I put a message out to most clients a couple of days ago and did the same on social media asking the following:
‘If you could change one thing currently during this lockdown period which would improve your health or fitness, what would it be?’
The response was unexpected. A large percentage of you cited ‘improve sleep’ as your one thing you could change.
On a personal level, I have never been too bothered with stressful situations – or so I thought. I would not normally fret or worry. I still don’t. However stressful situations would manifest themselves physically. I’d be about to start a race at school and would be quite chilled. Then all of a sudden I’d get sick. My stress and tension came out that way.
In mid March, I too was having sleep issues. It was the time when many of us were concerned about the impact this unknown situation was to have – for us, for family and friends, for our businesses. Again, it was playing on my mind consciously. However, I was waking up with palpitations and slightly out of breath. I put it down to caffeine, I put it down to alcohol, I put it down to eating too late. The reality was that it was stress impacting on my sleep. Only when I was able to successfully pivot my work online, did this end. Had you asked me if I was stressed, I’d have said no.
For many of you to be having sleep issues is therefore not surprising. But the impact of poor sleep is huge. I have previously written a blog about why we sleep and I’m going to reapply the 12 tips which I provided on that blog previously as I think that they may be more important now more than ever.
12 tips for better sleep
- Stick to a sleep schedule. Go to bed and wake up at the same time each day. Sleeping later on weekends won’t fully make up for a lack of sleep during the week and will make it harder to wake up early on Monday morning.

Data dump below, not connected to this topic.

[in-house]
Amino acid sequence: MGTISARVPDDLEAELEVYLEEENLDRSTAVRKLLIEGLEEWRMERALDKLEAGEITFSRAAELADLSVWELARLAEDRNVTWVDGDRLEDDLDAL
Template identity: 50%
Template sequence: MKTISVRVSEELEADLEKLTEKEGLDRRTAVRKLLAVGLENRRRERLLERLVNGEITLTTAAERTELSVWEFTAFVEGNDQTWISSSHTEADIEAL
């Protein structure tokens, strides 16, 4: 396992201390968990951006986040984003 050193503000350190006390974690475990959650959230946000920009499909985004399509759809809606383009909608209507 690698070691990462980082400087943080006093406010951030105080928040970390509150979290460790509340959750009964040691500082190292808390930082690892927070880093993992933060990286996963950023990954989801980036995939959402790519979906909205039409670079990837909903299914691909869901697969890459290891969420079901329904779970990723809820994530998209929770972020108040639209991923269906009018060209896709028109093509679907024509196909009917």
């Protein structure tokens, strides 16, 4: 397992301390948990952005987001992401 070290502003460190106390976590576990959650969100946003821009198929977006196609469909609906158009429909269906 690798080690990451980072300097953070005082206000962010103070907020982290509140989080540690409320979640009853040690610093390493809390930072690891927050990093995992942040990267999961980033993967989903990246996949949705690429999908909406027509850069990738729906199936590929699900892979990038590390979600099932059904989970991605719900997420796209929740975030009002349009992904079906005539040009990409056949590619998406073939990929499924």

- Exercise is great, but not too late in the day. Try to exercise at least thirty minutes on most days but not later than two to three hours before your bedtime.
- Avoid stimulants: caffeine and nicotine.
- Avoid alcoholic drinks before bed. Having a nightcap or alcoholic beverage before sleep may help you relax, but it’ll also keep you in the lighter stages of sleep. This means you miss out on valuable dream sleep which helps to improve your memory.
- Avoid large meals and beverages late at night.
- If possible, avoid medicines that delay or disrupt your sleep.
- No naps after 3 p.m. Naps can help make up for lost sleep, but late afternoon naps can make it harder to fall asleep at night.
- Relax before bed. Don’t overschedule your day so that no time is left for unwinding. A relaxing activity, such as reading or listening to music, should be part of your bedtime ritual.
- Take a hot bath before bed. The drop in body temperature after getting out of the bath may help you feel sleepy, and the bath can help you relax and slow down so you’re more ready to sleep.
- Dark bedroom, cool bedroom, gadget-free bedroom. Get rid of anything in your bedroom that might distract you from sleep, such as noises, bright lights, an uncomfortable bed, or warm temperatures. You sleep better if the temperature in the room is kept on the cool side, aim for around 18 degrees.
- Have the right sunlight exposure. Don’t get stuck in an office all day and miss out on a little bit of natural light (especially in the winter). Daylight is key to regulating daily sleep patterns.
- Don’t lie in bed awake. This is a little cognitive behavioural therapy whereby If you find yourself still awake after staying in bed for more than twenty minutes or if you are starting to feel anxious or worried, get up and do some relaxing activity until you feel sleepy. The anxiety of not being able to sleep can make it harder to fall asleep.
Download our sleep checklist
To help you analyse your own sleep, we’ve developed a downloadable sleep checklist. The aim is to be able to answer yes to all 12 questions. Once you can, we expect you’ll begin to enjoy significantly better shut-eye.